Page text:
The Tamil Nadu newspaper market is set to see the entry of a new player. Kasturi & Sons, publishers of The Hindu, is gearing to launch its Tamil newspaper in mid-September.
The cover price is expected to be between Rs 3.50 and Rs 4. The paper will have 16 pages in the main issue and 4-8 paged supplements in different genres, which would appear four days a week. The group will start with a print run of six lakh copies, which will be increased gradually.
Asokan Krishnamurthy, the former Editor of Ananda Vikatan, has been roped in as Editor of the new Tamil daily. Asokan, who joined the organisation in July 2013, has an experience of 25 years.
When asked about the name of the newspaper, Arun Anant, CEO, Kasturi & Sons said, “We are toying with alternate names. The Hindu name has a strong equity and we would like to leverage that.”
Commenting on the objective behind entering the Tamil language space, Anant said, “We believe that we have built a great brand and we now want to have the same quality delivered in the Tamil Space. This is also backed by our research and readership intervention across Tamil Nadu. Moreover, the last couple of years have seen the regional language dailies growing faster than English language dailies. This is partly because advertising is also moving in tier II and tier III towns. End of the day, the content is what will deliver quality readership. So, we see a great opportunity in this space.”
The new daily will face some stiff competition from the decade-old Tamil daily Dinathathi and Dinamalar. Anant remained unfazed by the competition and said that competition is nothing new. “We are clear about our strategies and will deliver quality audience to our advertisers. So, it does not matter who we are competing with,” he maintained.
Speaking on the challenges, he said, “In business, there will always be days when the market is down or up. In that sense, there is no real ideal time to do a launch. The challenge always is rising cost versus depreciating revenue, which puts pressure on the bottom line. We have rationalised our operations to a large extent. That is a continuous process. The challenges are the same for both English and Tamil dailies. Having been in the business for long, we know what to expect and how to manage.”
Meanwhile, a 360-degree marketing plan has been put in place prior to the launch. Along with the print launch, the group also has a team in place for the digital initiatives, which will be simultaneously rolled out along with apps, which will be launched in a phased manner.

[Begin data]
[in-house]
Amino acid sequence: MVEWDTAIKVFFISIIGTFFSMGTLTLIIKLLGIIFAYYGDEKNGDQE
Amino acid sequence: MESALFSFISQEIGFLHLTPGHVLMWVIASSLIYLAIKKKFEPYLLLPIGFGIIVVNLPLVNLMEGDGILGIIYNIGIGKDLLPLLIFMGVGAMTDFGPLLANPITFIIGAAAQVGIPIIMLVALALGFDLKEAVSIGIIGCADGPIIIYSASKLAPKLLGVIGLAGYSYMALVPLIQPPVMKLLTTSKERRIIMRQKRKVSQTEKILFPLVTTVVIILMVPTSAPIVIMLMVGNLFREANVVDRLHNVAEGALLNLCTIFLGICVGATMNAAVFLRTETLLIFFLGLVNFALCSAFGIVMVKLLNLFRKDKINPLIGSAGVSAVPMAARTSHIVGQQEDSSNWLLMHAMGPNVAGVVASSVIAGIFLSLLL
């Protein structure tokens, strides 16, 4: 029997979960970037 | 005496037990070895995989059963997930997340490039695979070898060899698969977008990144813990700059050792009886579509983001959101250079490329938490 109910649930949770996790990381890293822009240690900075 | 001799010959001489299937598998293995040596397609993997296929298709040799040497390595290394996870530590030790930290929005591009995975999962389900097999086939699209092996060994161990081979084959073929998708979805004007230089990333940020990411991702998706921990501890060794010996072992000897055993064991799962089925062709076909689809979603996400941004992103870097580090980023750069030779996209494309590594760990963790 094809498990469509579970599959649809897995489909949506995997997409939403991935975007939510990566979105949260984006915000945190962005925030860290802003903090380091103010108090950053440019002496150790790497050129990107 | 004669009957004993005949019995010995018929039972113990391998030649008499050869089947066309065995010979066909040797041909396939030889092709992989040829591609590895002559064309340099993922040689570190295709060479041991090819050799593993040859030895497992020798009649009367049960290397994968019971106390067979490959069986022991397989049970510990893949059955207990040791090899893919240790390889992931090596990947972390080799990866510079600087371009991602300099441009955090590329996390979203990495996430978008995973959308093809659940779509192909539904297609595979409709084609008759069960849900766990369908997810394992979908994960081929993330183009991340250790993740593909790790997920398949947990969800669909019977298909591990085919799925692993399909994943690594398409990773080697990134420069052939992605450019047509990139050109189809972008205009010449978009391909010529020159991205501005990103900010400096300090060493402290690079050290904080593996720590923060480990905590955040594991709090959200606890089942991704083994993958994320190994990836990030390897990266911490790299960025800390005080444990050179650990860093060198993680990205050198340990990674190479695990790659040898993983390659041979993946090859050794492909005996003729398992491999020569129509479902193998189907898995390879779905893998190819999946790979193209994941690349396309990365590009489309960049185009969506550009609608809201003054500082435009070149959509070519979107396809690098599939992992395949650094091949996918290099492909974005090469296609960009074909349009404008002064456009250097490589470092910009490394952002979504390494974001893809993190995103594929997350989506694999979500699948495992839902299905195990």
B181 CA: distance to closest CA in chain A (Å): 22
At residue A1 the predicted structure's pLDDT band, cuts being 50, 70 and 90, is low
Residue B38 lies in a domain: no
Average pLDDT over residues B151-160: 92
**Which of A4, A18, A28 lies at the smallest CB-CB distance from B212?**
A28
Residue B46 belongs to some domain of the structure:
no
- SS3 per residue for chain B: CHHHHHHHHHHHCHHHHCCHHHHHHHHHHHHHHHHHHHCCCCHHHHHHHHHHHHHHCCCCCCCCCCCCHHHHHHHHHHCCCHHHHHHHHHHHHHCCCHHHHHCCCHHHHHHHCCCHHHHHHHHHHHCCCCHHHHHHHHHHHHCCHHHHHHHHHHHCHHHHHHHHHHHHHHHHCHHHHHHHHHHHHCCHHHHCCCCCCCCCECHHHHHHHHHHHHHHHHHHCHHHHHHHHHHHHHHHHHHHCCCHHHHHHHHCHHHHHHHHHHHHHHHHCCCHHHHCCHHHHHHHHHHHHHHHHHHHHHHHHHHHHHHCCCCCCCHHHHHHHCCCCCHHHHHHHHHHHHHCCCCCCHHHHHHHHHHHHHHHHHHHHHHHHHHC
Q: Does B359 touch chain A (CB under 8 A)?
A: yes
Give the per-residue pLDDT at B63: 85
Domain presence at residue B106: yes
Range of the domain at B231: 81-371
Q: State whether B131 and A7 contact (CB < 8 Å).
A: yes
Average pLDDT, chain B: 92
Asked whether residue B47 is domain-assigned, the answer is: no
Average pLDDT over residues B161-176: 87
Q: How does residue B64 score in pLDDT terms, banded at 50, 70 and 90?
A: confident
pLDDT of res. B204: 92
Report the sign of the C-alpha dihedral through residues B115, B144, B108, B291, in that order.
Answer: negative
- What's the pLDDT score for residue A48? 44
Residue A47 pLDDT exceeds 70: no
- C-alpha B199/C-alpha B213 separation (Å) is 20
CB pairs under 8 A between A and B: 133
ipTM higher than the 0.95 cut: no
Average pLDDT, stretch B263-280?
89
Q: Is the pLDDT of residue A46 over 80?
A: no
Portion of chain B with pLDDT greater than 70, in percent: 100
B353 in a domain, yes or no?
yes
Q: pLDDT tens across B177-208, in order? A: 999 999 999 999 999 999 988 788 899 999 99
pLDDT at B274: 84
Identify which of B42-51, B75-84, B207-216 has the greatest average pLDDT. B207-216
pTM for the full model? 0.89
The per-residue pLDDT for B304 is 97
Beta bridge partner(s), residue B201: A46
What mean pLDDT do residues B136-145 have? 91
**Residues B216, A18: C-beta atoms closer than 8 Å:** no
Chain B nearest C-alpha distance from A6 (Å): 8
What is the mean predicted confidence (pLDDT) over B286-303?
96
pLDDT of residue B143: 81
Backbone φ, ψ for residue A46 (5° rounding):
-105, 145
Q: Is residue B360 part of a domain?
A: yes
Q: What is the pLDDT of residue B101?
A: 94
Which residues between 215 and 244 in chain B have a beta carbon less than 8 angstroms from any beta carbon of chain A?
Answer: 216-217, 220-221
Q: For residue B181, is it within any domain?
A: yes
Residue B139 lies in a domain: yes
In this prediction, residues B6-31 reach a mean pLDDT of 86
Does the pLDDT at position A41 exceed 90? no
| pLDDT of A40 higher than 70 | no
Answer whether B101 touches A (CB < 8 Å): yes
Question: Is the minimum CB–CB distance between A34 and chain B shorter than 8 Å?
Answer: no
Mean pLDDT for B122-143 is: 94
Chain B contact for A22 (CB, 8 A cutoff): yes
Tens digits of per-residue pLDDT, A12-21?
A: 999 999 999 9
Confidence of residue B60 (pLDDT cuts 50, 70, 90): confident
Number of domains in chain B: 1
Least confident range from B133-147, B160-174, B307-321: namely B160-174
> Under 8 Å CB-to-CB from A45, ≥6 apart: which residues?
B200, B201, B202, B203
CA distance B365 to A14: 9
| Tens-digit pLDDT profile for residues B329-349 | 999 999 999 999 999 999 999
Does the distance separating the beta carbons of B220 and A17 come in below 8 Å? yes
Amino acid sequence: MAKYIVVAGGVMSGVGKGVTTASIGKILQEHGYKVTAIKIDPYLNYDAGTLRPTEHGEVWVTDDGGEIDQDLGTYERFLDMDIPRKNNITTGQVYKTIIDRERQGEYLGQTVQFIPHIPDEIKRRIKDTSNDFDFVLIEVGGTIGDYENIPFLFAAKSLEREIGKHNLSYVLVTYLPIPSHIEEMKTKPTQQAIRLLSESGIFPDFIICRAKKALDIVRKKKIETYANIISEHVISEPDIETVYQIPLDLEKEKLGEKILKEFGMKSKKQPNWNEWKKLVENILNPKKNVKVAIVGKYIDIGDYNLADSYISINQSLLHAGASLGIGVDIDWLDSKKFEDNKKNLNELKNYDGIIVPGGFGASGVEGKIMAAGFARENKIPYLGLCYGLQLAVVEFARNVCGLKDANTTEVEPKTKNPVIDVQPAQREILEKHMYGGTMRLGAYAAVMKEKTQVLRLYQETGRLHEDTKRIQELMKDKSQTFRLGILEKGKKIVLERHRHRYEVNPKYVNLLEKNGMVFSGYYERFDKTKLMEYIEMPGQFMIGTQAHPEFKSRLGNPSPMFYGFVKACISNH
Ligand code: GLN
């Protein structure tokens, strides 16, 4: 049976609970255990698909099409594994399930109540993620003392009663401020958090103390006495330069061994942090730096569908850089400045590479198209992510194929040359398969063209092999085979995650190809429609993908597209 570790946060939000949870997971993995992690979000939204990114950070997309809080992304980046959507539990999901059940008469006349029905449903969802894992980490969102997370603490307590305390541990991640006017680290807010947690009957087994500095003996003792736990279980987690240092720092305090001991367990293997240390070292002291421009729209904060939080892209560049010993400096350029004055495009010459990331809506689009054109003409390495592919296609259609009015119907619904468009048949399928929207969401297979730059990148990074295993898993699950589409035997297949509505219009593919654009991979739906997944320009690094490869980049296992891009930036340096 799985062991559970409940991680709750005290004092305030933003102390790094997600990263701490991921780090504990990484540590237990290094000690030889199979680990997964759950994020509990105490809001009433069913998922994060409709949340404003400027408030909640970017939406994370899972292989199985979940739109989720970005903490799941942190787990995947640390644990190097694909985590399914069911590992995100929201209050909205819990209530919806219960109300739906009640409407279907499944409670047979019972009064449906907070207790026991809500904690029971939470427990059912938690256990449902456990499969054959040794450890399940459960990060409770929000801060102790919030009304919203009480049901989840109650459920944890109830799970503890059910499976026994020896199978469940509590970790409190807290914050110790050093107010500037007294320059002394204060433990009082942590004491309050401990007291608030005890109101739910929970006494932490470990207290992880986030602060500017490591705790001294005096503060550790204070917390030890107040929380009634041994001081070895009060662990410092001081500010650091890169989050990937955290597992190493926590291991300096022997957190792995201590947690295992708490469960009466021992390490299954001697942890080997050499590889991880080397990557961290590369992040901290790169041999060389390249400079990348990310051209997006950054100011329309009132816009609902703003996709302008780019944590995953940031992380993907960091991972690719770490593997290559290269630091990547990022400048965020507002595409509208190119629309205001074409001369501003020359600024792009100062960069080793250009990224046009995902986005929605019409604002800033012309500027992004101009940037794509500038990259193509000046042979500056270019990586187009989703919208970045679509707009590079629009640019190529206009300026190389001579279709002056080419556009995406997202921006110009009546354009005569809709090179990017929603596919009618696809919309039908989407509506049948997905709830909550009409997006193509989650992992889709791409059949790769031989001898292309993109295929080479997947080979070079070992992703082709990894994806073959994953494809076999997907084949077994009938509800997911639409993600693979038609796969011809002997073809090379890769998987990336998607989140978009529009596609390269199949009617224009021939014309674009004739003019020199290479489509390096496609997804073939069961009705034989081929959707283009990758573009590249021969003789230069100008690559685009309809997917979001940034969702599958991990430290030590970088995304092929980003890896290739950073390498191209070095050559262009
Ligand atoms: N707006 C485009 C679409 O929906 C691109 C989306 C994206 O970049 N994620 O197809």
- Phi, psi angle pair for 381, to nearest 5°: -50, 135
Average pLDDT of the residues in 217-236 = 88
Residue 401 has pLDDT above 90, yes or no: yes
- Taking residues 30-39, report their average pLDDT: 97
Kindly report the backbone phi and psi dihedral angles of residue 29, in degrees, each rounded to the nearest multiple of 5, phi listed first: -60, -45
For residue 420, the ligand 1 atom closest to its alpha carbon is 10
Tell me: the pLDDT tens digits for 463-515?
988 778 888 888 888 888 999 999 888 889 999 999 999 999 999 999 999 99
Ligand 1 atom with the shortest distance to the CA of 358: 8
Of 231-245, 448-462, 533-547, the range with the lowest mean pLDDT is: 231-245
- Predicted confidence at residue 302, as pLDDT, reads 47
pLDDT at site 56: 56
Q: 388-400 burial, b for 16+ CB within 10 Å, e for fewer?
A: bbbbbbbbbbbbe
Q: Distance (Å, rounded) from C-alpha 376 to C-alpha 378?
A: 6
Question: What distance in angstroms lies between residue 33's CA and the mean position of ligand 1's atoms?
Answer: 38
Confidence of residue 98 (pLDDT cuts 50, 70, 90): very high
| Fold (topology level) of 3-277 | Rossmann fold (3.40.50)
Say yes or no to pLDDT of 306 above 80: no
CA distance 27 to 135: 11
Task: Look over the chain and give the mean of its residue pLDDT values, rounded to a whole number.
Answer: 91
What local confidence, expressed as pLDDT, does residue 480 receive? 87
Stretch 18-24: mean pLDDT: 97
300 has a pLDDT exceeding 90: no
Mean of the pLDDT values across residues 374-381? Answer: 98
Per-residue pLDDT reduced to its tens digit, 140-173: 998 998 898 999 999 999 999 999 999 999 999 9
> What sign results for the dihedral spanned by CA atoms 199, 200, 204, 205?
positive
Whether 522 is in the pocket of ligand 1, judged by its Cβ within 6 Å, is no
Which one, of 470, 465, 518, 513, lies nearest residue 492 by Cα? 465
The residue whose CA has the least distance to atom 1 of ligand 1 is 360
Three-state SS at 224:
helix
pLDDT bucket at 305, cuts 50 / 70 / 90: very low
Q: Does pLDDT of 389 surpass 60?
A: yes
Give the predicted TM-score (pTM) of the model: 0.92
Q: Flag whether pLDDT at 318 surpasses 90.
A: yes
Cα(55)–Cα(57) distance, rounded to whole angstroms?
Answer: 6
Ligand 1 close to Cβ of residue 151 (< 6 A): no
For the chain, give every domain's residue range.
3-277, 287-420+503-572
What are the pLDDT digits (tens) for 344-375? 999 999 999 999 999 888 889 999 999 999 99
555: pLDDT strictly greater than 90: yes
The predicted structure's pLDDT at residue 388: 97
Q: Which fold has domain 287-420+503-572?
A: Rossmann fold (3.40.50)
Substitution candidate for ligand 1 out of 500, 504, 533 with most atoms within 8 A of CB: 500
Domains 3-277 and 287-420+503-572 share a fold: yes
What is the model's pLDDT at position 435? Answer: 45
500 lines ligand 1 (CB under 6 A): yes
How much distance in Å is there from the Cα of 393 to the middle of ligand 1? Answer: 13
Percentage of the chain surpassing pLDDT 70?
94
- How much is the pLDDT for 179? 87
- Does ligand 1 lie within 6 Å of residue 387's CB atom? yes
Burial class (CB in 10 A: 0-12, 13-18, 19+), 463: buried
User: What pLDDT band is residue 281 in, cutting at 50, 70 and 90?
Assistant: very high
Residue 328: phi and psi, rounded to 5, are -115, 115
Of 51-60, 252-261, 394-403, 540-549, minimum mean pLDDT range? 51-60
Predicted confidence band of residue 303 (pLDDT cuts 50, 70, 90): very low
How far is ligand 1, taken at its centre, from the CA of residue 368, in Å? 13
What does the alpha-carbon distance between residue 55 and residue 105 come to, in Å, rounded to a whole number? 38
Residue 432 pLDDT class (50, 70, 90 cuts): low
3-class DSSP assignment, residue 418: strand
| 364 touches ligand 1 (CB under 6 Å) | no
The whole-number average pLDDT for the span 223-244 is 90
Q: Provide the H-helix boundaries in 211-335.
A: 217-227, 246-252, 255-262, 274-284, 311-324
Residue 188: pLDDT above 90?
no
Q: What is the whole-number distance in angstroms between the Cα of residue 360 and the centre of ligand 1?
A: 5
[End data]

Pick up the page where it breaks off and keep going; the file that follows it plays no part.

Media agencies watch with interest
The Hindu has a strong brand presence in the Tamil Nadu. But will the new daily be able to leverage the brand name and create a name for itself in the regional language space? exchange4media finds out from some media planners.
“The group has potential, but they have to wait and see whether this new venture will really be a win-win for them,” remarked a media planner on condition of anonymity.
A senior official from a media agency noted, “The Hindu as a brand is a heritage brand. On the other hand, Tamil Nadu is huge in terms of population and readers. People who read The Hindu are very loyal to the brand. Among the loyal readers, there will be people who will want to read a quality Tamil newspaper from the same group.”
At the same time, he pointed out that Tamil newspaper readership has not gone up in a significant way. “Hence, the new entrant might take the readership count to a higher level because of the brand name and fame that The Hindu already as in the market,” he added.
According to a Deloitte report on the media and entrainment market in South India, Tamil Nadu accounts for 26 per cent of the overall regional print industry, estimated at Rs 2,970 crore in 2011-12.
While there is considerable interest in the new entrant, it will be interesting to see whether it is able to deliver on its promise and reach the level that The Hindu is in today.